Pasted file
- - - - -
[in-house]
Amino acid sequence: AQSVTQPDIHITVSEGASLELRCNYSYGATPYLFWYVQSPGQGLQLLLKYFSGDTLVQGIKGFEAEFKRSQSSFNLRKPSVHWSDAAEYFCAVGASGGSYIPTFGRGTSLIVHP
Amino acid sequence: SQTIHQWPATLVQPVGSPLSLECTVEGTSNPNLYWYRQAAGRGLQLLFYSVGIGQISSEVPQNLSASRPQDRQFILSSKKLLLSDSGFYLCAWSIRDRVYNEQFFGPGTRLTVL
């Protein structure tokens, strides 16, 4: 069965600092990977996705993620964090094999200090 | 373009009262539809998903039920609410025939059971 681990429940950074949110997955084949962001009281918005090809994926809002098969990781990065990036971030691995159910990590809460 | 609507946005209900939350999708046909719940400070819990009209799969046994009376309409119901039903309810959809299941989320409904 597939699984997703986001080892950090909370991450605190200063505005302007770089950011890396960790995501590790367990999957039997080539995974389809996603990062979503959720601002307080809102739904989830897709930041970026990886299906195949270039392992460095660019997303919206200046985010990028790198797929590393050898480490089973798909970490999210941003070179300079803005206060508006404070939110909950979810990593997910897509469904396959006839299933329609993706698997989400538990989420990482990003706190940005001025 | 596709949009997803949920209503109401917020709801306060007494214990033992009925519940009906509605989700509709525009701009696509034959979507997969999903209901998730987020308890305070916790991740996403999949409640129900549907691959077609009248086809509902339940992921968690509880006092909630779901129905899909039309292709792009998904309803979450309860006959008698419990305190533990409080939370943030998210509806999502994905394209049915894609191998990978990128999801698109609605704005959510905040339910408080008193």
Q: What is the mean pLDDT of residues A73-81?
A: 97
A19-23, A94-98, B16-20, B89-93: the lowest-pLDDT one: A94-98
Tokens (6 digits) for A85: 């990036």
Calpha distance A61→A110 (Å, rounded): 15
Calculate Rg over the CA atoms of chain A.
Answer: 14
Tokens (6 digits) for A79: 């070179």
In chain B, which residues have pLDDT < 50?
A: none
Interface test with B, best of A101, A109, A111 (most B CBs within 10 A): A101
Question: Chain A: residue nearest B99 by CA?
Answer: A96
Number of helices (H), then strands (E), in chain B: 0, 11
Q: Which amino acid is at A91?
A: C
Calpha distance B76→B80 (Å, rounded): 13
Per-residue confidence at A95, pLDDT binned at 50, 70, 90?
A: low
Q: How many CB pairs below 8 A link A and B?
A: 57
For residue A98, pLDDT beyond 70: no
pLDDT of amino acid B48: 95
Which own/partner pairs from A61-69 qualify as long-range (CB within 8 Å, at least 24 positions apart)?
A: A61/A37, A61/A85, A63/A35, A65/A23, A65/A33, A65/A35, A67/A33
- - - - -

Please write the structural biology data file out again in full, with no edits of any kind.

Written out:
[in-house]
Amino acid sequence: AQSVTQPDIHITVSEGASLELRCNYSYGATPYLFWYVQSPGQGLQLLLKYFSGDTLVQGIKGFEAEFKRSQSSFNLRKPSVHWSDAAEYFCAVGASGGSYIPTFGRGTSLIVHP
Amino acid sequence: SQTIHQWPATLVQPVGSPLSLECTVEGTSNPNLYWYRQAAGRGLQLLFYSVGIGQISSEVPQNLSASRPQDRQFILSSKKLLLSDSGFYLCAWSIRDRVYNEQFFGPGTRLTVL
């Protein structure tokens, strides 16, 4: 069965600092990977996705993620964090094999200090 | 373009009262539809998903039920609410025939059971 681990429940950074949110997955084949962001009281918005090809994926809002098969990781990065990036971030691995159910990590809460 | 609507946005209900939350999708046909719940400070819990009209799969046994009376309409119901039903309810959809299941989320409904 597939699984997703986001080892950090909370991450605190200063505005302007770089950011890396960790995501590790367990999957039997080539995974389809996603990062979503959720601002307080809102739904989830897709930041970026990886299906195949270039392992460095660019997303919206200046985010990028790198797929590393050898480490089973798909970490999210941003070179300079803005206060508006404070939110909950979810990593997910897509469904396959006839299933329609993706698997989400538990989420990482990003706190940005001025 | 596709949009997803949920209503109401917020709801306060007494214990033992009925519940009906509605989700509709525009701009696509034959979507997969999903209901998730987020308890305070916790991740996403999949409640129900549907691959077609009248086809509902339940992921968690509880006092909630779901129905899909039309292709792009998904309803979450309860006959008698419990305190533990409080939370943030998210509806999502994905394209049915894609191998990978990128999801698109609605704005959510905040339910408080008193």
Q: What is the mean pLDDT of residues A73-81?
A: 97
A19-23, A94-98, B16-20, B89-93: the lowest-pLDDT one: A94-98
Tokens (6 digits) for A85: 């990036």
Calpha distance A61→A110 (Å, rounded): 15
Calculate Rg over the CA atoms of chain A.
Answer: 14
Tokens (6 digits) for A79: 């070179």
In chain B, which residues have pLDDT < 50?
A: none
Interface test with B, best of A101, A109, A111 (most B CBs within 10 A): A101
Question: Chain A: residue nearest B99 by CA?
Answer: A96
Number of helices (H), then strands (E), in chain B: 0, 11
Q: Which amino acid is at A91?
A: C
Calpha distance B76→B80 (Å, rounded): 13
Per-residue confidence at A95, pLDDT binned at 50, 70, 90?
A: low
Q: How many CB pairs below 8 A link A and B?
A: 57
For residue A98, pLDDT beyond 70: no
pLDDT of amino acid B48: 95
Which own/partner pairs from A61-69 qualify as long-range (CB within 8 Å, at least 24 positions apart)?
A: A61/A37, A61/A85, A63/A35, A65/A23, A65/A33, A65/A35, A67/A33